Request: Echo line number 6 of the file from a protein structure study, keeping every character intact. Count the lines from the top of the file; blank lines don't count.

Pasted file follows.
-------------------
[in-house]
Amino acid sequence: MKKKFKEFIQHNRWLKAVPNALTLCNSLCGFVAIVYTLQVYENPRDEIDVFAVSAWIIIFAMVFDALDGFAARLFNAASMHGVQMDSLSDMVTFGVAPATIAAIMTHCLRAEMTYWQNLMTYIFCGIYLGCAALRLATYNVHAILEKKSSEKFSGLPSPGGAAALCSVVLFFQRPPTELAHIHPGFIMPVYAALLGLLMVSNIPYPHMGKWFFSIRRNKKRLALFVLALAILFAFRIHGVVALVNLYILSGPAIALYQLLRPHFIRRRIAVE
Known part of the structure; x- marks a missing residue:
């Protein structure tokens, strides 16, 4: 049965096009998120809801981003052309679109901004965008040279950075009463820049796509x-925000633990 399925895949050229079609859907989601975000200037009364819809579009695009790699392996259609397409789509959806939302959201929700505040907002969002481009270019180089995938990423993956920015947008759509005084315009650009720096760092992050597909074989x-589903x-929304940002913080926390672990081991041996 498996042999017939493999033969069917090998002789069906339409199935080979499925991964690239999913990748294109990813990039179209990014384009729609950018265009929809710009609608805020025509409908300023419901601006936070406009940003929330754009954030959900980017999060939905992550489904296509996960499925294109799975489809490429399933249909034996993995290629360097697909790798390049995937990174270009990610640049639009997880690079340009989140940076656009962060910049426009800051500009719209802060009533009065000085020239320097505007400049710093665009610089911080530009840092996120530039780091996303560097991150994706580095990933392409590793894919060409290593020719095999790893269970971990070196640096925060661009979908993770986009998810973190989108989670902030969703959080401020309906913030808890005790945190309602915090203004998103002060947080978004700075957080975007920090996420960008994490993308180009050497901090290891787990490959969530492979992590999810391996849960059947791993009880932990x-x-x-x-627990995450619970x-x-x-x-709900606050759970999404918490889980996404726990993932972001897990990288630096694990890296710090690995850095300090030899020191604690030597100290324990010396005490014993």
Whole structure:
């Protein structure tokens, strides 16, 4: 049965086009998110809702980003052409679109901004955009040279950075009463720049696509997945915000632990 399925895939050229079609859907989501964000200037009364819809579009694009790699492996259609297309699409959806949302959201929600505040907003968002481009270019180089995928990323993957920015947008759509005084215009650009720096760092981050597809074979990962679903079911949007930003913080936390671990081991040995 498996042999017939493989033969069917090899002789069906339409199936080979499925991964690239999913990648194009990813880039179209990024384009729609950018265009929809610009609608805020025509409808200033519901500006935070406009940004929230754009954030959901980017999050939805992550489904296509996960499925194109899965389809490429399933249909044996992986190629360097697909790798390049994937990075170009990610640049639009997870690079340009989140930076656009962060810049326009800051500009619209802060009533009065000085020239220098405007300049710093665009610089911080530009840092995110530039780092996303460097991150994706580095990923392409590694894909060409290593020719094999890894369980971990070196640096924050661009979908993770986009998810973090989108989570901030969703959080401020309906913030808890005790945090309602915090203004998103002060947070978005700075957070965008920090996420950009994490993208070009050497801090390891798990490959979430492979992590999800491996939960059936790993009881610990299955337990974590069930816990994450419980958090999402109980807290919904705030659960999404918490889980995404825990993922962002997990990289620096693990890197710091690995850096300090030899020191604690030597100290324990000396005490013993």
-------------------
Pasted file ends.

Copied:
């Protein structure tokens, strides 16, 4: 049965086009998110809702980003052409679109901004955009040279950075009463720049696509997945915000632990 399925895939050229079609859907989501964000200037009364819809579009694009790699492996259609297309699409959806949302959201929600505040907003968002481009270019180089995928990323993957920015947008759509005084215009650009720096760092981050597809074979990962679903079911949007930003913080936390671990081991040995 498996042999017939493989033969069917090899002789069906339409199936080979499925991964690239999913990648194009990813880039179209990024384009729609950018265009929809610009609608805020025509409808200033519901500006935070406009940004929230754009954030959901980017999050939805992550489904296509996960499925194109899965389809490429399933249909044996992986190629360097697909790798390049994937990075170009990610640049639009997870690079340009989140930076656009962060810049326009800051500009619209802060009533009065000085020239220098405007300049710093665009610089911080530009840092995110530039780092996303460097991150994706580095990923392409590694894909060409290593020719094999890894369980971990070196640096924050661009979908993770986009998810973090989108989570901030969703959080401020309906913030808890005790945090309602915090203004998103002060947070978005700075957070965008920090996420950009994490993208070009050497801090390891798990490959979430492979992590999800491996939960059936790993009881610990299955337990974590069930816990994450419980958090999402109980807290919904705030659960999404918490889980995404825990993922962002997990990289620096693990890197710091690995850096300090030899020191604690030597100290324990000396005490013993």